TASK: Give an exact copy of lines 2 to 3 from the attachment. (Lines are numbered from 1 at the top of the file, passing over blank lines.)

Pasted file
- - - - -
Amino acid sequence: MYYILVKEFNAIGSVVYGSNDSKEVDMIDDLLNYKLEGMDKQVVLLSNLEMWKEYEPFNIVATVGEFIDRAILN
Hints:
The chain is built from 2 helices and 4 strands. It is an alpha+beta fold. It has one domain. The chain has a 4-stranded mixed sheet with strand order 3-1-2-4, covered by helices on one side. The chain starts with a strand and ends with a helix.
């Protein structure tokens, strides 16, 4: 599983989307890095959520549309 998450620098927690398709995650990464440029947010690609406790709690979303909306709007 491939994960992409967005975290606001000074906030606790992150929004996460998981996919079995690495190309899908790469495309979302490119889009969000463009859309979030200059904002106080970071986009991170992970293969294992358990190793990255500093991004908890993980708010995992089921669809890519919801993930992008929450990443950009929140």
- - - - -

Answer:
Hints:
The chain is built from 2 helices and 4 strands. It is an alpha+beta fold. It has one domain. The chain has a 4-stranded mixed sheet with strand order 3-1-2-4, covered by helices on one side. The chain starts with a strand and ends with a helix.